Exclusive: Accountants abandon bid to train up their own litigators and advocates – for now
ICAEW: continuing application
Accountants who want to offer tax litigation and advocacy services under an expanded regulatory regime will have to employ a lawyer after the Institute of Chartered Accountants in England and Wales (ICAEW) abandoned its attempt to train up its own members.
Duncan Wiggetts, executive director of professional standards at the ICAEW, said the change of heart followed the failure of talks with legal education providers.
However, he made it clear to the Legal Services Board (LSB) that the ICAEW is continuing its application to regulate reserved instrument work in tax cases, notarial activities and the administration of oaths. Members can already gain probate rights.
In the letter to the LSB to amend the application, Mr Wiggetts said the providers did not want to “undertake development work on the higher-risk qualifications for civil and criminal litigation and advocacy until the ICAEW is clear what the decision is on its application”.
He went on: “This is because training courses for these reserved legal services are more expensive to develop and run than for the lower-risk activity of reserved instruments. The commercial risk to them of doing so is too high.
“Furthermore, even if ICAEW’s application were to be approved, the demand for qualifications for litigation and advocacy will still remain very uncertain as these courses will be lengthy and costly and firms may well prefer to employ a solicitor or barrister to carry out these activities, rather than train an accountant to do so.”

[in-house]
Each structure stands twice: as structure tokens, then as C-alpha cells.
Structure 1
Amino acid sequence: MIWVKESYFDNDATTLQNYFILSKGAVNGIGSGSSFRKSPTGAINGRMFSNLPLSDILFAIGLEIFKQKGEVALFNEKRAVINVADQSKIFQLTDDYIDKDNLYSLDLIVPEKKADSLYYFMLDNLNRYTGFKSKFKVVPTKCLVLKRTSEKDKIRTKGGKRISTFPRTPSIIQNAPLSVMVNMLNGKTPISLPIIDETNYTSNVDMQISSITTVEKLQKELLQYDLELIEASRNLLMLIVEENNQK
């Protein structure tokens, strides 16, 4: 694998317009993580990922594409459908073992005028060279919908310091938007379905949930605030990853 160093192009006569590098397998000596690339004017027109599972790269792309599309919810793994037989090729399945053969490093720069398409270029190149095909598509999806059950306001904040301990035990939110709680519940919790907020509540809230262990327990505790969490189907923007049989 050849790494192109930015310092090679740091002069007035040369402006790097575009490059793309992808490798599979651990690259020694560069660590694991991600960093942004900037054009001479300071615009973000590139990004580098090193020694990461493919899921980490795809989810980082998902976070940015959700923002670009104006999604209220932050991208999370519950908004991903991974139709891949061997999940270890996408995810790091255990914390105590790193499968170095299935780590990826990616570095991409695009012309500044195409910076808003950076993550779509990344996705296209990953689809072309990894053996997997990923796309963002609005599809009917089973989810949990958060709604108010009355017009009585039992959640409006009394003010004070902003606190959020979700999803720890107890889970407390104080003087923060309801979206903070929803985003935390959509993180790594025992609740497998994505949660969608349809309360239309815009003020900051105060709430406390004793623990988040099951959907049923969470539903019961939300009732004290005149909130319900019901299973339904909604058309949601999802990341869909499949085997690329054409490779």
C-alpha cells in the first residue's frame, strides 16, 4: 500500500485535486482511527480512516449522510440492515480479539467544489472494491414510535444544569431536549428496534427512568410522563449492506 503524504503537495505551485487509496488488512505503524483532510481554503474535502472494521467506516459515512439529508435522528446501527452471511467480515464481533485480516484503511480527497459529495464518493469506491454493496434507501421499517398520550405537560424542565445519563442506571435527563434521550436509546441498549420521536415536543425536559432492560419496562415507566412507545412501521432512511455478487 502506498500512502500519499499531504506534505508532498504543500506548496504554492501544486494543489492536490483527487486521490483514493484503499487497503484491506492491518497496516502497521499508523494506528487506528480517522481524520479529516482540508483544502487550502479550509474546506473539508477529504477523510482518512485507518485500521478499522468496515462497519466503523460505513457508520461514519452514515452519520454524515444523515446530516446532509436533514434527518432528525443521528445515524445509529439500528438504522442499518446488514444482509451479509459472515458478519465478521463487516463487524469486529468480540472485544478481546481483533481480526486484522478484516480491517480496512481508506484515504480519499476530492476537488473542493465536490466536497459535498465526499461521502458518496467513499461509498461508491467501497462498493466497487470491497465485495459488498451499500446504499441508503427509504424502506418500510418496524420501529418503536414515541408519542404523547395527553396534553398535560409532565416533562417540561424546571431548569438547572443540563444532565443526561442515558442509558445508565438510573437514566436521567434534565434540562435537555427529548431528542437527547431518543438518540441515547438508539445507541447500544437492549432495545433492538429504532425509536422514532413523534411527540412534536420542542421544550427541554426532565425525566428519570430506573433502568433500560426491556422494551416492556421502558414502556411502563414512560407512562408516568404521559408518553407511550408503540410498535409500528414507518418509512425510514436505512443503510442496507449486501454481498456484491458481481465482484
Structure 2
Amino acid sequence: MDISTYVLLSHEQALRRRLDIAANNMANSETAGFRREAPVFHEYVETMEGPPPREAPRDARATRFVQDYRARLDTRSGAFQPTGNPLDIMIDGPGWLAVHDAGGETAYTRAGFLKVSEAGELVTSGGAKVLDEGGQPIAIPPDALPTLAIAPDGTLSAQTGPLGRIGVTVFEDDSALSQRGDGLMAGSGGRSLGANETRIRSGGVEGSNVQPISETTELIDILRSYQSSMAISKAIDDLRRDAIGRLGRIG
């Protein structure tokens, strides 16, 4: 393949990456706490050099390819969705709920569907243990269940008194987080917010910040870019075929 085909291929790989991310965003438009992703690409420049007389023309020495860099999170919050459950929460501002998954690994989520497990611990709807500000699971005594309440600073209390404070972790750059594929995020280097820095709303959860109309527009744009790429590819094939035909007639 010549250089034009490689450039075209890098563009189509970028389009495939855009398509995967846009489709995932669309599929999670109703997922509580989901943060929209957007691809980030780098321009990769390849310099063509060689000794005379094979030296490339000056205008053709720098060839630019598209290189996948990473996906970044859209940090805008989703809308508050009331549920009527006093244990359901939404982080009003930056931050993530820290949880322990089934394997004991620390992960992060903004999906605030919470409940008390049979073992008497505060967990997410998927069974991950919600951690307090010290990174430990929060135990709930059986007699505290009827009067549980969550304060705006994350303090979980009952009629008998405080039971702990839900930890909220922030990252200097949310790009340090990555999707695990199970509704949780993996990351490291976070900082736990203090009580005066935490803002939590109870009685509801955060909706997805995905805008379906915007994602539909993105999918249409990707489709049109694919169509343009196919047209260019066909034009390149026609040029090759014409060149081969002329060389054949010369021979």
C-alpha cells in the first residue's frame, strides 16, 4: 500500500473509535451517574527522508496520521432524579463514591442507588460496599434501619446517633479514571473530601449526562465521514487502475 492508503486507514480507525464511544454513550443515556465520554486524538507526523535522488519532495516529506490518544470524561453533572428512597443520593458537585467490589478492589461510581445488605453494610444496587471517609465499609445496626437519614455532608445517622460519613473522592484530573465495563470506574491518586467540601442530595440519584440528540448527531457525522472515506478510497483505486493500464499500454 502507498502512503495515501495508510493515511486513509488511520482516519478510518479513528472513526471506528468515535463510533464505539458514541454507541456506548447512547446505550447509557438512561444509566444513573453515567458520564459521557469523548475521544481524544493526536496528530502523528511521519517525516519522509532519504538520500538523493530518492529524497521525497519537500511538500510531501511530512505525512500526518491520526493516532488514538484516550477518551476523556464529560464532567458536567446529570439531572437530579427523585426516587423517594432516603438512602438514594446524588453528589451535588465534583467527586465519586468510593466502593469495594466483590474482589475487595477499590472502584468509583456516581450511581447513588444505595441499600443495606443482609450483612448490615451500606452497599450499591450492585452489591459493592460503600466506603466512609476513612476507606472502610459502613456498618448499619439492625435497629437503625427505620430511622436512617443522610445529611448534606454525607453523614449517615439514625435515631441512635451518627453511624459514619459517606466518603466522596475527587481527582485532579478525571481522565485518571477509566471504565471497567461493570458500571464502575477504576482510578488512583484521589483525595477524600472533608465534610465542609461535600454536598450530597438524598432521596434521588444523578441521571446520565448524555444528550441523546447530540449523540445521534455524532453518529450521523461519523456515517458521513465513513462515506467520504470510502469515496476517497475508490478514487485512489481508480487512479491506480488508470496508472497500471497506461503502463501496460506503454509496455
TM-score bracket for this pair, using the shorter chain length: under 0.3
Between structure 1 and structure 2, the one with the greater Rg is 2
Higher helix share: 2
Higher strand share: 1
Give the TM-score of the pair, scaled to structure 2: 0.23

Mr Wiggetts said a variation in standards across legal regulators would be “inappropriate” and the ICAEW wanted to develop courses and assessments in litigation and advocacy with a legal education provider “very experienced” in delivering the legal practice course (LPC) and Bar professional training course (BPTC), though it was not possible “in the short term to progress this”.
However, he said the ICAEW had found a university, experienced in running the LPC and BPTC, which had agreed to develop courses on reserved instrument activities and would “shortly be signing a memorandum of understanding” with it.
Mr Wiggetts promised that should the ICAEW be successful in its application to regulate reserved instrument work, notarial activities and the administration of oaths, it intended to carry out a survey of accountancy firms which had applied for accreditation to deliver litigation and advocacy.
He said that “should it turn out that there is sufficient demand”, the ICAEW would apply once again at an “appropriate time” to the LSB to authorise non-lawyers to carry out these activities, and work with a university to develop training courses.
The ICAEW, which already regulates probate activities, applied to the LSB to regulate the five other reserved legal activities in July.
The institute justified the move, which would apply at first only to tax work, on the grounds of increased competition, more one-stop shops and a better deal for consumers.
The LSB has until July this year to make a decision on the ICAEW’s revised application, unless it issues an extension notice.
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